IN A year which has seen New Orleans wrecked by Hurricane Katrina, the eradication of entire Guatamalan villages by mudslides, all-consuming wildfires in southern Europe and the inundation of Boscastle, few now deny the threat to the built environment posed by climate change.
Engineers are realising their schemes have to be much more resilient to extremes of weather and much better planned.
'We have to factor climate change into all our standards and approaches to engineering, ' emphasises Environment Agency climate change policy manager Merylyn Hedger. Documents such as Making space for water, from the Department for Environment Food & Rural Affairs (DEFRA), set out the imperative of building with climate change in mind, 'but it's difficult to know how much cash to commit now without ending up with projects that are realised much earlier than needed', she admits.
Hedger should be able to throw some light on this and other issues when she gives the keynote address at the morning session of the environment day at Civils 2005. She will also take part in a panel discussion.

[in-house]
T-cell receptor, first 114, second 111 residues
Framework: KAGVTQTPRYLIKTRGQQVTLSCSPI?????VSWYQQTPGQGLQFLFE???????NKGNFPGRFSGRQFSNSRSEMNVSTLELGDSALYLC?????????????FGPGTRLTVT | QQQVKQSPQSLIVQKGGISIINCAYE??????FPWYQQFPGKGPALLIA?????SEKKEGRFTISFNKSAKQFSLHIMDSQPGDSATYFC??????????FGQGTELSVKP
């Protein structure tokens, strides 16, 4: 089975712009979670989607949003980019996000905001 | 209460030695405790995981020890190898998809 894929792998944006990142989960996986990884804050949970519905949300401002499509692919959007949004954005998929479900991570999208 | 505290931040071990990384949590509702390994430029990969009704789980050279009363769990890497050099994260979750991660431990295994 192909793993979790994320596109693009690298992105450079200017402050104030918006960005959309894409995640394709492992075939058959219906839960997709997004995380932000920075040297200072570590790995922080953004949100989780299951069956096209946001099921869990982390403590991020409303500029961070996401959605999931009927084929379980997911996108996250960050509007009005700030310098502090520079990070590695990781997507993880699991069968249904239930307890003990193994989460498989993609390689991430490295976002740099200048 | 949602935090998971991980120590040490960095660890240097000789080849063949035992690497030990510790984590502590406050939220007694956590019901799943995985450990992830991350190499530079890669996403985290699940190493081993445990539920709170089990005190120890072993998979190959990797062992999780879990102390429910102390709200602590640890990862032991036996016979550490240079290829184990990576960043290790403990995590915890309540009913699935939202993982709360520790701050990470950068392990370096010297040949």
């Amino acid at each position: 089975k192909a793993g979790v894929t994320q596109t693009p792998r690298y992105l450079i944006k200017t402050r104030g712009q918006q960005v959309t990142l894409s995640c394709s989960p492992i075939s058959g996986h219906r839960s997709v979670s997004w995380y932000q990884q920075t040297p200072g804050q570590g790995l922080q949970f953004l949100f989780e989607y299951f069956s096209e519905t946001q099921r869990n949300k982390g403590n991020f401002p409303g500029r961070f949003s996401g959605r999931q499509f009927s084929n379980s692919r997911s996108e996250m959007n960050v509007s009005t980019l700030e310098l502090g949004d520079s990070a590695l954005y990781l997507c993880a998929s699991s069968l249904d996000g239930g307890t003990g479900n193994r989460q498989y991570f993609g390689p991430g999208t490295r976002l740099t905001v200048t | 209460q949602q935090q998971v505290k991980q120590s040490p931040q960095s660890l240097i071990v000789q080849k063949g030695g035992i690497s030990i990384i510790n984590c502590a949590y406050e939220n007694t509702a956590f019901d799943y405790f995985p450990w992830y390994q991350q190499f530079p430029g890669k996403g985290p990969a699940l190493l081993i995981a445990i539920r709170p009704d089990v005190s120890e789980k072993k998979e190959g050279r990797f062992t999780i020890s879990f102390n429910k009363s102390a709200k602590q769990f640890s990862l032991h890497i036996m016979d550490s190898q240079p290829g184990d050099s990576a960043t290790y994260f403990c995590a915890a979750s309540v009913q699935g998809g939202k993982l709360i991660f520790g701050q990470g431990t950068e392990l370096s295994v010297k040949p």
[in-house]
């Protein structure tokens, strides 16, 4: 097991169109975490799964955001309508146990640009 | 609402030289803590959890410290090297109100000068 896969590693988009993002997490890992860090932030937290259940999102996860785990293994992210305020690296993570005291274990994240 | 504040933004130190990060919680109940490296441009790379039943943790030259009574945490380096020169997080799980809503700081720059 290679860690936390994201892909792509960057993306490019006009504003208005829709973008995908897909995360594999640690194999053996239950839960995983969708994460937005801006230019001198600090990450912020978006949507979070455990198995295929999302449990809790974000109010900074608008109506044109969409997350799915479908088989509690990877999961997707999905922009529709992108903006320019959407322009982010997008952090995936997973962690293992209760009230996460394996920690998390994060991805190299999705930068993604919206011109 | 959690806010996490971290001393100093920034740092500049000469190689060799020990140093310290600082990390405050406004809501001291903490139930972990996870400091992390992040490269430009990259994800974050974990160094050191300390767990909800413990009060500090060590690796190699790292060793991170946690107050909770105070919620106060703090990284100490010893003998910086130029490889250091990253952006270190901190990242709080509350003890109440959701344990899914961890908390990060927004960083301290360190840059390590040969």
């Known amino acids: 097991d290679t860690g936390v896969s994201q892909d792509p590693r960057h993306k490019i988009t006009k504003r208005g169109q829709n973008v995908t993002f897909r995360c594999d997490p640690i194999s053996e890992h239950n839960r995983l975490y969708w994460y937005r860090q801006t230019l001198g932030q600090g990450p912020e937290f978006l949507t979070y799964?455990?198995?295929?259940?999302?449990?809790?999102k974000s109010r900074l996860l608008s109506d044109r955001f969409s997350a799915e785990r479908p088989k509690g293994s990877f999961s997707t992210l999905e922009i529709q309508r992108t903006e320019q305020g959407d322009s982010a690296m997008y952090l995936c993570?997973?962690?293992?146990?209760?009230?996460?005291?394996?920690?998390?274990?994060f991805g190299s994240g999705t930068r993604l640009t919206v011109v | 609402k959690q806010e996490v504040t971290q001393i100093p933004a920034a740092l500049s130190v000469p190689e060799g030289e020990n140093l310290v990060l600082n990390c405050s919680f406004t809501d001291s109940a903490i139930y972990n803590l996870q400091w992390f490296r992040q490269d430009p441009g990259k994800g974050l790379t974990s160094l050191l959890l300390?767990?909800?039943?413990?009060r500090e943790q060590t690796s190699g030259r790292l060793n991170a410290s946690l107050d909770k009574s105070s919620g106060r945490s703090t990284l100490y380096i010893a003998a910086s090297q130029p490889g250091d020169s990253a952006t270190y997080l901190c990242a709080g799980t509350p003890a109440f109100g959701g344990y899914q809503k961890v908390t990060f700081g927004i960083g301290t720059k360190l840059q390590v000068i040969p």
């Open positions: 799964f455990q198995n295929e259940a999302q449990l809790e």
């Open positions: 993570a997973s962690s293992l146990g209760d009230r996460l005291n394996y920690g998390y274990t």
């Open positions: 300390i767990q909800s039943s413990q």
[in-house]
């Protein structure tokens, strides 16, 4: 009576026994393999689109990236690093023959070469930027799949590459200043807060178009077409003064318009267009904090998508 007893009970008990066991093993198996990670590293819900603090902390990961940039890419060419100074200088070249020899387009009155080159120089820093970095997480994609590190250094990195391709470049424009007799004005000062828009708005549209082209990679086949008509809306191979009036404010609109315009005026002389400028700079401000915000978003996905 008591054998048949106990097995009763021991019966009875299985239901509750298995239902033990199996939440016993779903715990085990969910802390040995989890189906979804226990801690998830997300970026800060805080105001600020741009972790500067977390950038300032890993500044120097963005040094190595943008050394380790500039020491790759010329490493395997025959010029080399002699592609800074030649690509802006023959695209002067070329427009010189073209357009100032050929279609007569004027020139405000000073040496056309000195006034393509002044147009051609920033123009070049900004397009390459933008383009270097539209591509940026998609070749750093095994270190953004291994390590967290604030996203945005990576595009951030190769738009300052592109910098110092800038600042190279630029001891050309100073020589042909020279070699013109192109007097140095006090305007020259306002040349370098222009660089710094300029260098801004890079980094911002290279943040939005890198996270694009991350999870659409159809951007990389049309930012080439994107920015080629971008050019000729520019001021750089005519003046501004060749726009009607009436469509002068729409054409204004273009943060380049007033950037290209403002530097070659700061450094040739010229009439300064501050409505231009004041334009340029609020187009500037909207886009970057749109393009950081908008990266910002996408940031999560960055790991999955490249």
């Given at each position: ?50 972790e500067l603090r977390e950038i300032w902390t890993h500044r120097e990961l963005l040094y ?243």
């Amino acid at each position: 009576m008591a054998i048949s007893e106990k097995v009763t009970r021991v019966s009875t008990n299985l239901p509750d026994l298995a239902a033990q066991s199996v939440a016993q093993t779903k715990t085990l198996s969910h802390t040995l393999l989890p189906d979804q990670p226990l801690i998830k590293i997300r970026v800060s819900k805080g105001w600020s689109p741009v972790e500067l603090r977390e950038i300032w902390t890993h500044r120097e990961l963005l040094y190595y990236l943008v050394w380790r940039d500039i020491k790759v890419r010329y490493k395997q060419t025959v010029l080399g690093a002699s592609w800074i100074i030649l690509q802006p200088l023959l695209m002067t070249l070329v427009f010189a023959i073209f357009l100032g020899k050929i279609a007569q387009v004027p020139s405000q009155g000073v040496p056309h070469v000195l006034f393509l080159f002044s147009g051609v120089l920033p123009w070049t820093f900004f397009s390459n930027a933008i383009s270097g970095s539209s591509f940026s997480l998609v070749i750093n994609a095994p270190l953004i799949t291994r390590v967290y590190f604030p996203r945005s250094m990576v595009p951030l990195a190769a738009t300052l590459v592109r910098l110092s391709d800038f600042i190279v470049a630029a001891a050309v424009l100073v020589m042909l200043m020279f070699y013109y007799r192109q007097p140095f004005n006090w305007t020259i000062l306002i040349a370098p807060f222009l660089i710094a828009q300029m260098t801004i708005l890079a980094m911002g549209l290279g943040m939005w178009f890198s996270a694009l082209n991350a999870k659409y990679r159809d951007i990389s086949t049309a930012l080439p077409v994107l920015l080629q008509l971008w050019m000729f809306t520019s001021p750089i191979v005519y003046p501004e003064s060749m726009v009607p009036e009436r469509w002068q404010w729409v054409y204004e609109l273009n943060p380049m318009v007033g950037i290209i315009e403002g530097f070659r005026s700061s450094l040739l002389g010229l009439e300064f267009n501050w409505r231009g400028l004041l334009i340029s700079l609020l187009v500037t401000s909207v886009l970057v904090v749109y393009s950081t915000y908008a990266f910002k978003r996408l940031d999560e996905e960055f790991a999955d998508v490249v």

A key issue to be addressed at the conference will be floodplain development under Planning Policy Guidance (PPG) 25. The document is being reviewed but will explain how flood risk should be considered during project planning and construction to reduce future damage to property and potential loss of life. The guidance also takes climate change into account.
Other pressures on engineering development arise from the European Water Framework Directive. Linda Aucott, head of engineering policy at DEFRA's fl management division, will discuss government policy for flood risk management and how the WFD affects planning.